It’s no secret that the world of design is full of bad, naughty, impatient, mean…
2 days later
…awful, terrible clients. The nit-pickers want perfection, but refuse to negotiate payment when the project goes over budget due to time wasted on endless revisions. Vague-ists expect mind reading levels of understanding from a brief only 10 words long that says they want a logo. Worst of all are the clients who give you detailed instructions on what they want, decide to completely change their mind half way through the design process, and finally at the end refuse to pay you anything because you were not able to finish the project in time.
We all know people like those described above as friends and family in addition to total strangers who want to pay for work they can’t do themselves, but don’t want to pay for work they can’t do themselves. Did I just confuse you, dear reader? Sorry. I guess you’ll have to take my word for it that’s its bad. 😉
But I want to talk about the good clients I’ve encountered in the last week. Two of them to be precise.
The first is, of course, the client who hired me for my first design job. Justin went above and beyond by telling me there was a problem with his payment and he had already fixed it. That job should clear with Upwork sometime this week and enter the mandatory 1 week security hold. It’s ok, just par for the course here in designer-land. I can’t withdraw the money until I have $100 in my Upwork account. That’s fine with me too if it avoids fees or ther pitfalls on Upwork’s side and keeps the service free to people like me (not counting the service fees since I set my own rate and the system charges the client the fee, not the designer.)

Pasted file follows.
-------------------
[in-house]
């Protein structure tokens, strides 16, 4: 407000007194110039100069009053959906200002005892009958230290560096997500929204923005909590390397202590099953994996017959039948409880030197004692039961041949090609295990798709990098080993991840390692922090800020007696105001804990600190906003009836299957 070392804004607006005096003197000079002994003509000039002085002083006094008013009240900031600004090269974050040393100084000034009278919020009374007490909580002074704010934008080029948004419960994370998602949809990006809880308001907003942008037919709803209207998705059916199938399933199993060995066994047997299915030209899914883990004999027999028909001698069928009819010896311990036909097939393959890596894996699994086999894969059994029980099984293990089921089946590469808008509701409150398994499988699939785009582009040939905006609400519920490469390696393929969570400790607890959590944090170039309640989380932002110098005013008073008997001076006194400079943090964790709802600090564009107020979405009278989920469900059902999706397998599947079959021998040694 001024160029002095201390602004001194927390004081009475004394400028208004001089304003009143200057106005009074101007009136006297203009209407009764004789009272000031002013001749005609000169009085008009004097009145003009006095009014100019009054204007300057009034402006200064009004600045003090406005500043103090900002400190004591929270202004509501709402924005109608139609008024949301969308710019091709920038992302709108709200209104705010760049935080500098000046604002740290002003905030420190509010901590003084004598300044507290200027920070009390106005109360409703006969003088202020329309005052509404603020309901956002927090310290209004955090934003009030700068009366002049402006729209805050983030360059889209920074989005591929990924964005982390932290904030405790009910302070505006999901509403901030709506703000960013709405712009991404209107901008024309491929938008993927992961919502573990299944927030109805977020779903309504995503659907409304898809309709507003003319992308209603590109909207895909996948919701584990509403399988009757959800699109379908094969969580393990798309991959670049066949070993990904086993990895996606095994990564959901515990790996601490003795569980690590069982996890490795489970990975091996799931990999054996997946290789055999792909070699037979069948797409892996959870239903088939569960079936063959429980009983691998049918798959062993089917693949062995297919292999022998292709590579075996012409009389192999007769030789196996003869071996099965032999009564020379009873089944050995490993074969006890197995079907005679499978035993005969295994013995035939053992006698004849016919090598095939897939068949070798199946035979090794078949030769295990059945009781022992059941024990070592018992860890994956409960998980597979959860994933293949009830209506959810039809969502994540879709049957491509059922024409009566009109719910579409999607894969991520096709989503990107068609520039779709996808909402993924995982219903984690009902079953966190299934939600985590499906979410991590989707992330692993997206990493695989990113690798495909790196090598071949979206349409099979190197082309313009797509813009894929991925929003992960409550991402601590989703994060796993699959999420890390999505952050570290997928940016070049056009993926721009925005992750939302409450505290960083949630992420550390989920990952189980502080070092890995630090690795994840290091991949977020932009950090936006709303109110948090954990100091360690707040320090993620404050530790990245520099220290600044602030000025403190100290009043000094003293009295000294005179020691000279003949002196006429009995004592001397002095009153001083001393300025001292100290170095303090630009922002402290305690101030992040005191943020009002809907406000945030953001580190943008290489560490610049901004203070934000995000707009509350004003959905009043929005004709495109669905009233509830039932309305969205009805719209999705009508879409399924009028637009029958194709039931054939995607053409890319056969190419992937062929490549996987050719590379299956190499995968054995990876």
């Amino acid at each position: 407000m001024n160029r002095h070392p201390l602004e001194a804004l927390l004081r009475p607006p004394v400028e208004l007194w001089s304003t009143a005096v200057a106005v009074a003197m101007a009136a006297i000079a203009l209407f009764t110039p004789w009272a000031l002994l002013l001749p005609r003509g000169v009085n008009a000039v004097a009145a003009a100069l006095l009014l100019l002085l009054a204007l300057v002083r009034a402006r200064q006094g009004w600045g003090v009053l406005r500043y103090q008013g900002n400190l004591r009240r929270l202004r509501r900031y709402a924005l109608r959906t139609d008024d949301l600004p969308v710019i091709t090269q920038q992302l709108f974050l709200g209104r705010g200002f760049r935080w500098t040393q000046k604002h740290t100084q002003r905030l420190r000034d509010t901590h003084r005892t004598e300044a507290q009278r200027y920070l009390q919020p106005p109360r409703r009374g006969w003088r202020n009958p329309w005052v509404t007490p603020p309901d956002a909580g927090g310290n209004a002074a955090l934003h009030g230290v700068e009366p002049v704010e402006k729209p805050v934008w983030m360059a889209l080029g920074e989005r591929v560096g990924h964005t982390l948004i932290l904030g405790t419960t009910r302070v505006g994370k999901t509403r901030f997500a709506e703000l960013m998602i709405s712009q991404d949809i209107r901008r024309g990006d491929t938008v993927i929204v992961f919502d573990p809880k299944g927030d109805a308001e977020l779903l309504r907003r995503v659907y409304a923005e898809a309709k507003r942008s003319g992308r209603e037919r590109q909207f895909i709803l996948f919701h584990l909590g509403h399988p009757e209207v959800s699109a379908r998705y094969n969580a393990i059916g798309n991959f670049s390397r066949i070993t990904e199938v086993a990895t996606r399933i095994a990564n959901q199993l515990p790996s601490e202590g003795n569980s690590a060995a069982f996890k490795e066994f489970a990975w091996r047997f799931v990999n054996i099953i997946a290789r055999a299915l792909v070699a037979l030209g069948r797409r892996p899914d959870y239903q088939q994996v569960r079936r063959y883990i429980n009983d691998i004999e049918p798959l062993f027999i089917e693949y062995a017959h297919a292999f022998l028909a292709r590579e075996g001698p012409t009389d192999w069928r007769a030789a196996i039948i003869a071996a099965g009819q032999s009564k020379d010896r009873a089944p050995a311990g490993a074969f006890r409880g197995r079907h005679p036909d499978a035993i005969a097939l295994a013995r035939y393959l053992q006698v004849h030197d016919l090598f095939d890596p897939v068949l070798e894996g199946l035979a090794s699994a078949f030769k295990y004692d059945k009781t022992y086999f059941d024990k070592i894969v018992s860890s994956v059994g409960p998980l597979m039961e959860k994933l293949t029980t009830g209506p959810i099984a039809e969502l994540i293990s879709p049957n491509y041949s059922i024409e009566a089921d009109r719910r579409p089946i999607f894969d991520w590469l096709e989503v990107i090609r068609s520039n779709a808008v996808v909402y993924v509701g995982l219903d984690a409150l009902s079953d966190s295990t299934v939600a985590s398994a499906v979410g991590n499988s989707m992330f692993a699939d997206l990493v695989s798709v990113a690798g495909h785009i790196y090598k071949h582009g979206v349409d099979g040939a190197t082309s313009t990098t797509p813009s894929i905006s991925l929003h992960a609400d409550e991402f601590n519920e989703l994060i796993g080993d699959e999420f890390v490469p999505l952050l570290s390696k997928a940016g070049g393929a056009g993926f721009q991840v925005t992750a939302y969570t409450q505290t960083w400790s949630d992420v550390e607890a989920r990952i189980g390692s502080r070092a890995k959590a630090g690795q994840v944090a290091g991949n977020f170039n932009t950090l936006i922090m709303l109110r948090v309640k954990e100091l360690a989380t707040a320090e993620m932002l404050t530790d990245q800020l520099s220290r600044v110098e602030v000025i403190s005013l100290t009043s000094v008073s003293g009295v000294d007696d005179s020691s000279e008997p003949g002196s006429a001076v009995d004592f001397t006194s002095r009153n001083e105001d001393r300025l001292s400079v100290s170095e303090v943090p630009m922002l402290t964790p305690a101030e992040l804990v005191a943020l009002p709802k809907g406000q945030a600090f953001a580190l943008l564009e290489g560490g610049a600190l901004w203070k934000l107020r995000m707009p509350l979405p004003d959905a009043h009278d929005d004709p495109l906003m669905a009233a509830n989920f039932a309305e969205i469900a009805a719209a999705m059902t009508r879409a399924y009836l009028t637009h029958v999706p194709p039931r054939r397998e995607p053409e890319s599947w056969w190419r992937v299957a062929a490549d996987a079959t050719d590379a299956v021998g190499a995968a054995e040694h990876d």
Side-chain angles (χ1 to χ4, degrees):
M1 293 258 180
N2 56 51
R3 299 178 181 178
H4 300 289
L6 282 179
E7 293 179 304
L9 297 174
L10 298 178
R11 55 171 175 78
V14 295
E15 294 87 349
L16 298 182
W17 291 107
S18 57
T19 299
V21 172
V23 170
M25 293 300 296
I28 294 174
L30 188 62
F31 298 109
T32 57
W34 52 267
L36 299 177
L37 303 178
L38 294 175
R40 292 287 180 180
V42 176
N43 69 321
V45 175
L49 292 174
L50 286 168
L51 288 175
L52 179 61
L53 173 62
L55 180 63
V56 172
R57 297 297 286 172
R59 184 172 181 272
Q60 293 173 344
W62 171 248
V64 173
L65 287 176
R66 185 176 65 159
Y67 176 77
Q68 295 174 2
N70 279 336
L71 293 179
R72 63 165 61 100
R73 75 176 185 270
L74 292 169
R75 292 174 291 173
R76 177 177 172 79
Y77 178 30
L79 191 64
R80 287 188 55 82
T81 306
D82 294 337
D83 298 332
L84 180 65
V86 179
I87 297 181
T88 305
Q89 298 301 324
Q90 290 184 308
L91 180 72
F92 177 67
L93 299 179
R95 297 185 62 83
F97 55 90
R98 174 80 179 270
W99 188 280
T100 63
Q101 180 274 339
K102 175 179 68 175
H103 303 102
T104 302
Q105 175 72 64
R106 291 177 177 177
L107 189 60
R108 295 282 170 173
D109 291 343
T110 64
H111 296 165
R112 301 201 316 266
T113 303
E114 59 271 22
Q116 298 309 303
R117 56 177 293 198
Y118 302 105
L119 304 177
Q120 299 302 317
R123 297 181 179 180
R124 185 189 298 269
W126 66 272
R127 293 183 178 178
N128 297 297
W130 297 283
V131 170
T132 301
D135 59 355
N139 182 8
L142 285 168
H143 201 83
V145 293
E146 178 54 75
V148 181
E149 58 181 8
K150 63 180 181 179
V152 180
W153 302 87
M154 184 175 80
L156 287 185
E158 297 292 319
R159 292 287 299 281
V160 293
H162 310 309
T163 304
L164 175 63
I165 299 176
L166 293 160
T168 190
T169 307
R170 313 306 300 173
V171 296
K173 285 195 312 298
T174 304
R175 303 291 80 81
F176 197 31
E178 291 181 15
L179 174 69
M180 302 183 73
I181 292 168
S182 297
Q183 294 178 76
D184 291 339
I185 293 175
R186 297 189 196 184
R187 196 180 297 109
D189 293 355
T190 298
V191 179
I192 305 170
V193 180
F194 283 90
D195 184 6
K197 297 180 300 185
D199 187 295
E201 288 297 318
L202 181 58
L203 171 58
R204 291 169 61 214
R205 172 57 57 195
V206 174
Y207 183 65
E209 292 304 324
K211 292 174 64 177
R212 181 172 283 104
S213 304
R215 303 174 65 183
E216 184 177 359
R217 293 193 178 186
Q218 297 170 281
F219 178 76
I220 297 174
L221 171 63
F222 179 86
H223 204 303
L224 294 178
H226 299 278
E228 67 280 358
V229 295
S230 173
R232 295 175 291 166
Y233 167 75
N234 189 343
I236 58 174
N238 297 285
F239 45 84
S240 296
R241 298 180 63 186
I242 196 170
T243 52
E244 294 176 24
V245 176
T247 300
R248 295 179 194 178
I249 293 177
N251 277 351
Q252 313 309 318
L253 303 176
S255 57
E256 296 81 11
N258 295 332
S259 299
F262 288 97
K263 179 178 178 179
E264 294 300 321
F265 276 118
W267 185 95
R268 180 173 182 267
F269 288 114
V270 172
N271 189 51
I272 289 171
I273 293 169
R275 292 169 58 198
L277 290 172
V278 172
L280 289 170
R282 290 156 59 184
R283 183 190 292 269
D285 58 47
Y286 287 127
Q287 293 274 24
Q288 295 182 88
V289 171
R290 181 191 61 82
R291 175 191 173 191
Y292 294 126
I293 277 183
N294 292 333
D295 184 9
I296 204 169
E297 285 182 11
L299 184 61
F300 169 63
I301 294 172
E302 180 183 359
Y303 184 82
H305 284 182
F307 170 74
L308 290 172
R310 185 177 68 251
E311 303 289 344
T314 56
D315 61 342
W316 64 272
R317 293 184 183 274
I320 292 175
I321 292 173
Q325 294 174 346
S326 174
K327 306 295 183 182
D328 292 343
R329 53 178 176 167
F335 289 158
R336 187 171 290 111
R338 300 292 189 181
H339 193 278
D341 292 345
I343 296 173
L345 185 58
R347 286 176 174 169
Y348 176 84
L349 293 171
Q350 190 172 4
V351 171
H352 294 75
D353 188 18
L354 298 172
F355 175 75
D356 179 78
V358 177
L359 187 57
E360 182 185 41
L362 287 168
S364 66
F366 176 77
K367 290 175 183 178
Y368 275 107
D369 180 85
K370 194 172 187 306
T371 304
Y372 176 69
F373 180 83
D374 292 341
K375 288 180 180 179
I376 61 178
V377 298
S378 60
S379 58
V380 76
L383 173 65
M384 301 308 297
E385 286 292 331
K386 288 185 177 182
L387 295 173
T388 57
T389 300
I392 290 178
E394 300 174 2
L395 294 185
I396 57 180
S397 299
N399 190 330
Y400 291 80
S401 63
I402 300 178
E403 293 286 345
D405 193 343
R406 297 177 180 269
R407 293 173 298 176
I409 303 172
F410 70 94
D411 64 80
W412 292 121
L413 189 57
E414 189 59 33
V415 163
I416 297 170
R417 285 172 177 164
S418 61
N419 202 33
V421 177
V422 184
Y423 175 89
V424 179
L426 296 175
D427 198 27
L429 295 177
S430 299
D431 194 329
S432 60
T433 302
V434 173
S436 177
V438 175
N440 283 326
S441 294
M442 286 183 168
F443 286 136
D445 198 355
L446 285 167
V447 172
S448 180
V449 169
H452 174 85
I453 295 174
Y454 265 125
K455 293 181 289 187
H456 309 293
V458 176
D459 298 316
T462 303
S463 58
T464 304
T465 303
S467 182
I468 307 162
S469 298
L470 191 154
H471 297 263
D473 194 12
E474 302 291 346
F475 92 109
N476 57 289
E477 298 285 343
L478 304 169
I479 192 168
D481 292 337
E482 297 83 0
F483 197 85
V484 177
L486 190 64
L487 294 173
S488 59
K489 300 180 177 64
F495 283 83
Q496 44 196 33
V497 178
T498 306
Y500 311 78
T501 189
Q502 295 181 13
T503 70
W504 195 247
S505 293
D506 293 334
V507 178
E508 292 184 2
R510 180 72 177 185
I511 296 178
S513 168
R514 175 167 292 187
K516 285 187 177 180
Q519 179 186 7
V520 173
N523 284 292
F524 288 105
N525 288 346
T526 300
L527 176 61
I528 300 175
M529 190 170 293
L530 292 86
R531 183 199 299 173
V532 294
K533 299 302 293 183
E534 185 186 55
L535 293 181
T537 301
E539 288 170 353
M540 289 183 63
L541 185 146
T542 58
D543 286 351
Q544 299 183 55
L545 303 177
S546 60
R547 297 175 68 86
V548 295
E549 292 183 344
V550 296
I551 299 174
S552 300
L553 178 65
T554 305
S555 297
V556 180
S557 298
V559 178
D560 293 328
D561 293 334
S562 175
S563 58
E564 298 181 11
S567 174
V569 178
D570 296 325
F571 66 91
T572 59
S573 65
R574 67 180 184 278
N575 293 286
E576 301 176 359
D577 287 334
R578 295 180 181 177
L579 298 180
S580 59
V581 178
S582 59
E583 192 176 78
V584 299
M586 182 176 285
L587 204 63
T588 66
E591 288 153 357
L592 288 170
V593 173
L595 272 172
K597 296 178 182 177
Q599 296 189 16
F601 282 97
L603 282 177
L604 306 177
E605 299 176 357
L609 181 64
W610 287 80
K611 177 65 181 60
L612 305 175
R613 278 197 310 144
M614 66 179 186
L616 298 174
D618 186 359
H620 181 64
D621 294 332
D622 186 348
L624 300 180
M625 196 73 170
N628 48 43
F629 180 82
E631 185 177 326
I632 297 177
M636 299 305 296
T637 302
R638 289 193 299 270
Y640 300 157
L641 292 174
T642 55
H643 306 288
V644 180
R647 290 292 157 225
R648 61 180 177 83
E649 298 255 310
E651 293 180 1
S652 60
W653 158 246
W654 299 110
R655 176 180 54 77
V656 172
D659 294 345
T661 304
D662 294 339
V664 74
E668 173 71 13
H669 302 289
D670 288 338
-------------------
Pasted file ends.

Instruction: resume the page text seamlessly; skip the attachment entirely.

Good client number two is a repeat contest holder over on Freelancer.com. He held a contest back at the end of May which I won. It was only $25 after fees, but that was enough to set me up with a year’s paid intro membership on the site. I needed it! A week and a half ago the same client requested my entry on another, similar, contest. I read over the brief and decided it was something I could do for him so I submitted an entry. Yesterday, I received a message from him stating he decided not to use any of the submissions, but since he had solicited my entry he was awarding me with the prize. I gave him the files anyway since from my point of view it’s required to get paid and because if he’s paying then the work is his anyway. Maybe he will change his mind or use the illustration for something else. This was beyond my expectations! If you foster a good relationship with a client sometimes they will give you a break. The winnings will be $40 after fees. Again, not that much, but work is work and pay is pay. Repeat clients count for a lot and show that you do quality work at any price.
Take it easy and remember to smile!